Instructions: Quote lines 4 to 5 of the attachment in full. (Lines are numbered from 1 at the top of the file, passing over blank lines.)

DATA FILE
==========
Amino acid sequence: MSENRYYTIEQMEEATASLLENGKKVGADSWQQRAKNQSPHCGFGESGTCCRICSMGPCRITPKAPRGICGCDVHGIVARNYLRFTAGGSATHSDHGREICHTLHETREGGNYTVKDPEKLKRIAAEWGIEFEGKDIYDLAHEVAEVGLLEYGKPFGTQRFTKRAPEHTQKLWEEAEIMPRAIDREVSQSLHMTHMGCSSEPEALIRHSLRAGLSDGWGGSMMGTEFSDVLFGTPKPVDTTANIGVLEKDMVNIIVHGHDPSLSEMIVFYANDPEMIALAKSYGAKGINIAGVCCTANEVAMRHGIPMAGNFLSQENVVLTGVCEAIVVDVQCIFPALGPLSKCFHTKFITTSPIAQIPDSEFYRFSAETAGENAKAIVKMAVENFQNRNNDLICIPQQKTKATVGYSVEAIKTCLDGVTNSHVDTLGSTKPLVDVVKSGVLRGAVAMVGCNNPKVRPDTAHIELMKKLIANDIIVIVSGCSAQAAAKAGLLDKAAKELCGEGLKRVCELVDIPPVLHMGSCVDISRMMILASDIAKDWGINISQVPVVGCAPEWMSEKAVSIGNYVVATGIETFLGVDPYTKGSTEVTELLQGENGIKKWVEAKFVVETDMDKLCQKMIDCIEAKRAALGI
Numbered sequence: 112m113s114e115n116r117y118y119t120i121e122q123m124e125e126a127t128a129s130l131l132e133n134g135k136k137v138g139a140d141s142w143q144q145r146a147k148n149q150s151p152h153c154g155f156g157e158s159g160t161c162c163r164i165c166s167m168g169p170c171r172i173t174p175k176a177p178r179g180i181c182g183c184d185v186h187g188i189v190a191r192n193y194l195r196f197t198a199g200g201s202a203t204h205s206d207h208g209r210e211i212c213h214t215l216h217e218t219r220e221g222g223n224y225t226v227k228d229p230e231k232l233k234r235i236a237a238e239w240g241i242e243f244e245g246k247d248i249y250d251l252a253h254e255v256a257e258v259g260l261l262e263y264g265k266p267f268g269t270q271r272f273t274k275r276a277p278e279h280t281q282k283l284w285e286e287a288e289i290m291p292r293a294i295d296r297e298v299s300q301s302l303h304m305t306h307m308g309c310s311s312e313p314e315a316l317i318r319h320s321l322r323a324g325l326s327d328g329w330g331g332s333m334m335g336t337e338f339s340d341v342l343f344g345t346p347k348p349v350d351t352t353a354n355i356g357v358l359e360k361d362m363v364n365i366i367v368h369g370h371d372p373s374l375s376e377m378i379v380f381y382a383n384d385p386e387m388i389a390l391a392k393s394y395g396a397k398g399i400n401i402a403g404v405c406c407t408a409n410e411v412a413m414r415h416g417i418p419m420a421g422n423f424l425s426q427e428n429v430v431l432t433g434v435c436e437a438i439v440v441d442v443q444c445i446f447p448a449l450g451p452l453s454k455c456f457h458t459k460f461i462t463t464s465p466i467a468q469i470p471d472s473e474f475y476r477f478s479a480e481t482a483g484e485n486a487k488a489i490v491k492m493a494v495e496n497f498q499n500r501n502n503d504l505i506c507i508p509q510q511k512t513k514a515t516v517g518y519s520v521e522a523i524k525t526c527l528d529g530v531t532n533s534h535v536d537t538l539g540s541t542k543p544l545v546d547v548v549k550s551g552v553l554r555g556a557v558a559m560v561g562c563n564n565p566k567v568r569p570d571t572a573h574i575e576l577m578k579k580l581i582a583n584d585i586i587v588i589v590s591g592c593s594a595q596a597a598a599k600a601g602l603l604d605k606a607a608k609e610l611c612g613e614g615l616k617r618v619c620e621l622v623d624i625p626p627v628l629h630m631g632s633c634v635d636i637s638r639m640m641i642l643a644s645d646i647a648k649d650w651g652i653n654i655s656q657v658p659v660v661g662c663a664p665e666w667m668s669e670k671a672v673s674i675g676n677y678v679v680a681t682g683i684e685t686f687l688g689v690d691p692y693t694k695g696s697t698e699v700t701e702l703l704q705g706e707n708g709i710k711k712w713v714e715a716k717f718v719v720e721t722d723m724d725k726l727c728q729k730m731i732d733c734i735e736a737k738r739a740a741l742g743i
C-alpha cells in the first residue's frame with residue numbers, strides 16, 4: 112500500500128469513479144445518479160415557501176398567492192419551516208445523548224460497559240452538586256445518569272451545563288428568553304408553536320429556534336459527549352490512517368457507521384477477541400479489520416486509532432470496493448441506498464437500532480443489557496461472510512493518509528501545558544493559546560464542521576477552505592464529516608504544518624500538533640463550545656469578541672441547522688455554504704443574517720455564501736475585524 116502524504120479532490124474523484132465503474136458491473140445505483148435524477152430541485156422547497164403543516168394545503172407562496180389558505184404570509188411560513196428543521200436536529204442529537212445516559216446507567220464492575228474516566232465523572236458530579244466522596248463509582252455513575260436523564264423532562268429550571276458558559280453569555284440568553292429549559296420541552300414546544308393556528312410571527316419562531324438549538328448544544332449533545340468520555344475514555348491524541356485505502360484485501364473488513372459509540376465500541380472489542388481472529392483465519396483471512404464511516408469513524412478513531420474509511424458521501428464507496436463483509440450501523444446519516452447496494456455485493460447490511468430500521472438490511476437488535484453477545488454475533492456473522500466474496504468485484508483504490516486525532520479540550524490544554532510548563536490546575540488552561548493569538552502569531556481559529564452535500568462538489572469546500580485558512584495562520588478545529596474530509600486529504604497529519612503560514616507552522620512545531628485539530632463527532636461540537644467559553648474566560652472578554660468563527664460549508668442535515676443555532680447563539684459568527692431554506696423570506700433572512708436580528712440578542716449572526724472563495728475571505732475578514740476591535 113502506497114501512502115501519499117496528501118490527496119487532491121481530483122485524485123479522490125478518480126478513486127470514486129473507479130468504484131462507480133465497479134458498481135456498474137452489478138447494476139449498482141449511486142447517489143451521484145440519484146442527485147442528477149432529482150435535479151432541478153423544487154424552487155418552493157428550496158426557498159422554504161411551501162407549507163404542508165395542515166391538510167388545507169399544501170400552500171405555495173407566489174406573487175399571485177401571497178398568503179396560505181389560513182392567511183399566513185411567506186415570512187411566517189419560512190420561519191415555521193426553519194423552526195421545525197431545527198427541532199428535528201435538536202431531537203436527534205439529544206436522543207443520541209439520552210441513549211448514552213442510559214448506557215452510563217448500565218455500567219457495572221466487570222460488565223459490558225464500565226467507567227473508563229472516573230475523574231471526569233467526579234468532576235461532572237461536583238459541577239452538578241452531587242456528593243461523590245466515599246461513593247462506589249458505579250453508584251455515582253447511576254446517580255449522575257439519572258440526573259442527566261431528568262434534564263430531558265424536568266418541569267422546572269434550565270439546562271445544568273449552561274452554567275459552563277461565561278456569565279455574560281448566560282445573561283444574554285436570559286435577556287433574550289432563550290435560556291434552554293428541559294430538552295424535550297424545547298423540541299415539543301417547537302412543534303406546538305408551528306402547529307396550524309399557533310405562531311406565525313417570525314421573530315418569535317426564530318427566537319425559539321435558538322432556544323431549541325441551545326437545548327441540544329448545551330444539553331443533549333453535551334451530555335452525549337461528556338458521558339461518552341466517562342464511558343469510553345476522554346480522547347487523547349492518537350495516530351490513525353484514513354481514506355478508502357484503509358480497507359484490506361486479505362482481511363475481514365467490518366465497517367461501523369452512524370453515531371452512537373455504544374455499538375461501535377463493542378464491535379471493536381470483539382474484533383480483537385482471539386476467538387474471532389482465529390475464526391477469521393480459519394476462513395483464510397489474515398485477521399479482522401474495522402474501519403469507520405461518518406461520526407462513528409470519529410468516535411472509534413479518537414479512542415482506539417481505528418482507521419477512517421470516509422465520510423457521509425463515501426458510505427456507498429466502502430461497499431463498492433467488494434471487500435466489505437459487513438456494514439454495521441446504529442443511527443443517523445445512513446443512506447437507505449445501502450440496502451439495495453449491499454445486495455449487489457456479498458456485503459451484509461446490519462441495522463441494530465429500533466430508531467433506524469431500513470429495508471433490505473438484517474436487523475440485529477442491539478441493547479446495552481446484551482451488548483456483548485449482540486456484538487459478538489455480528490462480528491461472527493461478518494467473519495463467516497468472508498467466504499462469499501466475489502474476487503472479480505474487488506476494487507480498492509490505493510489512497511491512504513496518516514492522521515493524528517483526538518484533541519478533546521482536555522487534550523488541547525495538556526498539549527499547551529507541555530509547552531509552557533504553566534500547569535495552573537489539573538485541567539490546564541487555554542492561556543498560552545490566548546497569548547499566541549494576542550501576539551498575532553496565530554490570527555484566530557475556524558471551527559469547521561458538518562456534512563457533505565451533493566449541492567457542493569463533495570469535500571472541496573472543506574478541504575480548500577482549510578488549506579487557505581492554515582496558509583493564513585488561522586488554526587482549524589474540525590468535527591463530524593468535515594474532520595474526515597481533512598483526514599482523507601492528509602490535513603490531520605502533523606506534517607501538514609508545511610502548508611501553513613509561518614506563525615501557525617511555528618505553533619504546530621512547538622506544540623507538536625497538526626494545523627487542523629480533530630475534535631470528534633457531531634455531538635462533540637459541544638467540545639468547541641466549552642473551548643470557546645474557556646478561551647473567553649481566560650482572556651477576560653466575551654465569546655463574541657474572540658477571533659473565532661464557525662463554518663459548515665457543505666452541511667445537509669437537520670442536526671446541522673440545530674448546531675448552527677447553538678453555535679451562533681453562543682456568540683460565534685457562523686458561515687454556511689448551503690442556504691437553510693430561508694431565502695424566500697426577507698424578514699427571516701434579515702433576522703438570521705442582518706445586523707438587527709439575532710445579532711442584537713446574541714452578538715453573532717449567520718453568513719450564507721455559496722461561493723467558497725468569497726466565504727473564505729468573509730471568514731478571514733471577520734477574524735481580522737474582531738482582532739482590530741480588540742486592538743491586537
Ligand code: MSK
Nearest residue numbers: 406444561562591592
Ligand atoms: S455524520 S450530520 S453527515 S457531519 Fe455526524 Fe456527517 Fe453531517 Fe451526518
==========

Ligand code: MSK
Nearest residue numbers: 406444561562591592